vSphere 7 with Multi-Instance GPUs (MIG) on the NVIDIA A100 for Machine Learning Applications – Part 2 : Profiles and Setup

In part 1 of this series on Multi-Instance GPUs (MIG), we saw the concepts in the NVIDIA MIG feature set deployed on vSphere 7 in technical preview. MIG works on the A100 GPU and others from NVIDIA’s Ampere range and it is compatible with CUDA Version 11. In this second article on MIG, we dig a little deeper into the setup of MIG on vSphere and show how they work together. As a brief recap, the value of MIG to the vSphere user is MIG’s ability to do strict isolation between one vGPU’s share of a physical GPU and another on the same host server. This allows the vSphere administrator to treat their GPU power in a cloud provider way and to maximize the utilization of the physical GPU by packing workloads onto it that are independent of each other. The vSphere administrator can give assurance to the vGPU consumer, a data scientist or machine learning practitioner, that their portion of the GPU is isolated for their use only. Or they can dedicate a full GPU to one VM and one user, if the need is there to do that.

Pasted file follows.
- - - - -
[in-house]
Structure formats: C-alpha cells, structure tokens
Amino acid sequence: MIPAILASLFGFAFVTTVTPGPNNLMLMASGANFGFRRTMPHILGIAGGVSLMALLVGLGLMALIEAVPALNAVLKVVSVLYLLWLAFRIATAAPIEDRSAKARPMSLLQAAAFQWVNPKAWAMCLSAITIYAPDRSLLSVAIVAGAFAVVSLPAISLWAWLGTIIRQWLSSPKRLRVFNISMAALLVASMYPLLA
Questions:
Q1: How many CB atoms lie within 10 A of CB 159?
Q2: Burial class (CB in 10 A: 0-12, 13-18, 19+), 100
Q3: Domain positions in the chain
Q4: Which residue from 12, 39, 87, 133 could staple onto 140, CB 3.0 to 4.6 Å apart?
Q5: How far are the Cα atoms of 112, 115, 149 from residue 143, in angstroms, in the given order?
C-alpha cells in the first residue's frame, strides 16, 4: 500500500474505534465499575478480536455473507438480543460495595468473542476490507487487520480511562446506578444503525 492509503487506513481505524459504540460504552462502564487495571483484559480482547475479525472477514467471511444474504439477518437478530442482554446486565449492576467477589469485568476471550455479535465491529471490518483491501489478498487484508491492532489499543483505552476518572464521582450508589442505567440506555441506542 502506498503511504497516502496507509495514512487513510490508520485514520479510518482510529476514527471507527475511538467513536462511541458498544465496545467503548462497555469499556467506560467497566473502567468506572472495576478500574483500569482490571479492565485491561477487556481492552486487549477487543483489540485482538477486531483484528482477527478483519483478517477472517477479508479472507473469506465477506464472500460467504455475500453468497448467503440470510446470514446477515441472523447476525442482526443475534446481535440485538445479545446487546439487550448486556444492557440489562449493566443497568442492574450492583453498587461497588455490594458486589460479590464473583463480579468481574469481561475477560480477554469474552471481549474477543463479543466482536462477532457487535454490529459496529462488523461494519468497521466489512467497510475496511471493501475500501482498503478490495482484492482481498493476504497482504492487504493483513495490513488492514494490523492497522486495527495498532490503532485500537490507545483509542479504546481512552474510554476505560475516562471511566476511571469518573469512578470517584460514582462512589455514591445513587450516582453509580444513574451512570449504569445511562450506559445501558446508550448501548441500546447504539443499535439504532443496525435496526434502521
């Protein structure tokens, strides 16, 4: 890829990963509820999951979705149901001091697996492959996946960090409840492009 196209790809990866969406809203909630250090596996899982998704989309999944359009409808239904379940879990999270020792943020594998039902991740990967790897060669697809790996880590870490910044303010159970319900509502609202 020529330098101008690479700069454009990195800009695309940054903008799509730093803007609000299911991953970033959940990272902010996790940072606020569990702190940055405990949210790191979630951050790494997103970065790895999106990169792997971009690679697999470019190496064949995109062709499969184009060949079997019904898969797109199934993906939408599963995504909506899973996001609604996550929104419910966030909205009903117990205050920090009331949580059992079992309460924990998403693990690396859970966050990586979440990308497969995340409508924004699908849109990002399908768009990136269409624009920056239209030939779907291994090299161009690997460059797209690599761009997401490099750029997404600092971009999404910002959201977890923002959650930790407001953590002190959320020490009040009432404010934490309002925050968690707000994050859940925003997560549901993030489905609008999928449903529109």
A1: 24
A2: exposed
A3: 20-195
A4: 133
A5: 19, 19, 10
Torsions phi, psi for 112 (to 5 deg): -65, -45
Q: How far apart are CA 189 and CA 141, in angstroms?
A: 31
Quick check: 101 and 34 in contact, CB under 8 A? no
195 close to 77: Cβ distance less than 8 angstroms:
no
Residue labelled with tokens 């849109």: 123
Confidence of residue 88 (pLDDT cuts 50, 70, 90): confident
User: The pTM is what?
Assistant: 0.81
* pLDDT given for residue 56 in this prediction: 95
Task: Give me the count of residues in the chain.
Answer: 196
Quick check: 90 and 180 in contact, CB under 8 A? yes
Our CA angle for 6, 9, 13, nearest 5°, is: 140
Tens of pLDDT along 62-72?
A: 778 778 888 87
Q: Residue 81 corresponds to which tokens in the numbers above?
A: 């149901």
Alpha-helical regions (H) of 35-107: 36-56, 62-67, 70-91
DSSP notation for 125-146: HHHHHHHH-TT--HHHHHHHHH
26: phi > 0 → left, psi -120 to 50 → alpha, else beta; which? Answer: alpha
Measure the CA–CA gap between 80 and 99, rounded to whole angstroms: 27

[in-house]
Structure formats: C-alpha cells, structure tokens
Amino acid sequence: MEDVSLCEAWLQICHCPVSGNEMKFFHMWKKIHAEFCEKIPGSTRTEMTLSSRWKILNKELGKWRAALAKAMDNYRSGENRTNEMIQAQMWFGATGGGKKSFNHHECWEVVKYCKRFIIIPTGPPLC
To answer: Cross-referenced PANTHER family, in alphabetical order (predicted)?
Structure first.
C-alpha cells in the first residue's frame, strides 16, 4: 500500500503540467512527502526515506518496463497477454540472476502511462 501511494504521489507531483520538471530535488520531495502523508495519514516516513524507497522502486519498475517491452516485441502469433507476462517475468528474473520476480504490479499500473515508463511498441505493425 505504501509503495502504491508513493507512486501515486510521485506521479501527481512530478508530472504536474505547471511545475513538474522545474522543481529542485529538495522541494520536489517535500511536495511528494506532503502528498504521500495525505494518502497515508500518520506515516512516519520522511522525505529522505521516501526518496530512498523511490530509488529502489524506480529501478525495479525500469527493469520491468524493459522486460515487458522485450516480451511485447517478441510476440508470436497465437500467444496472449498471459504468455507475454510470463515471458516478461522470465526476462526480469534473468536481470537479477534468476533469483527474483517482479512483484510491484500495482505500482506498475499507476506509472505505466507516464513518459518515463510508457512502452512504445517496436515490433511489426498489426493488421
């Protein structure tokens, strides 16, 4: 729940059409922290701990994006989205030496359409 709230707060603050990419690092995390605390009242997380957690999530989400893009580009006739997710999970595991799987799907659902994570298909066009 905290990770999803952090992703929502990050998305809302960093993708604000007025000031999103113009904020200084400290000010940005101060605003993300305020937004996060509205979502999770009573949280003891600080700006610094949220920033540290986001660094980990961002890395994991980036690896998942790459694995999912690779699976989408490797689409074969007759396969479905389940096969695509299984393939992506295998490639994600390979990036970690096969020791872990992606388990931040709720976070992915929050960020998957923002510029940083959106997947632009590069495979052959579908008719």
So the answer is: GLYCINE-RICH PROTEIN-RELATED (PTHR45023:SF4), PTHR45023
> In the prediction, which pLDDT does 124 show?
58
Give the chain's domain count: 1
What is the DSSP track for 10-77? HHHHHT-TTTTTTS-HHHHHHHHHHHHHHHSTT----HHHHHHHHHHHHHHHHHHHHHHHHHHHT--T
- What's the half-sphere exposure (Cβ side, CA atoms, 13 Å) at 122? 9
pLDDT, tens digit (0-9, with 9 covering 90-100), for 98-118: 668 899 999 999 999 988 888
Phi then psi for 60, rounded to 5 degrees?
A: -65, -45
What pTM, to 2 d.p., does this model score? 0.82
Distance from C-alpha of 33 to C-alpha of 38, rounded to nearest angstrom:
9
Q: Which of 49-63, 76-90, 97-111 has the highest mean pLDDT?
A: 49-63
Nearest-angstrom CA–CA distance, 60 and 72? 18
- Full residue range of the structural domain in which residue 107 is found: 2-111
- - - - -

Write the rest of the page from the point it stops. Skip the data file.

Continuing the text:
We already understand from part 1 that a GPU Instance represents a slice of a physical GPU capturing memory, a fraction of the overall symmetric multiprocessors (SMs) or cores and the hardware pathways to those items, such as the crossbars and L2 cache. As a reminder, we include the outline MIG architecture again here for your reference.

Figure 1: The MIG Architecture

source: The NVIDIA MIG User Guide

Pre-requisites for MIG Enablement

Global SR-IOV

Before we can enable MIG, we first need to enable the “Global SR-IOV” feature at the vSphere host BIOS level through the server management console, or iDRAC. Here is an image of how this is done in the case of a Dell R740 server, using the iDRAC interface. This may be different on your own host servers, depending on your vendor.

Figure 2: Configure SR-IOV Global using the iDRAC user interface on a Dell server.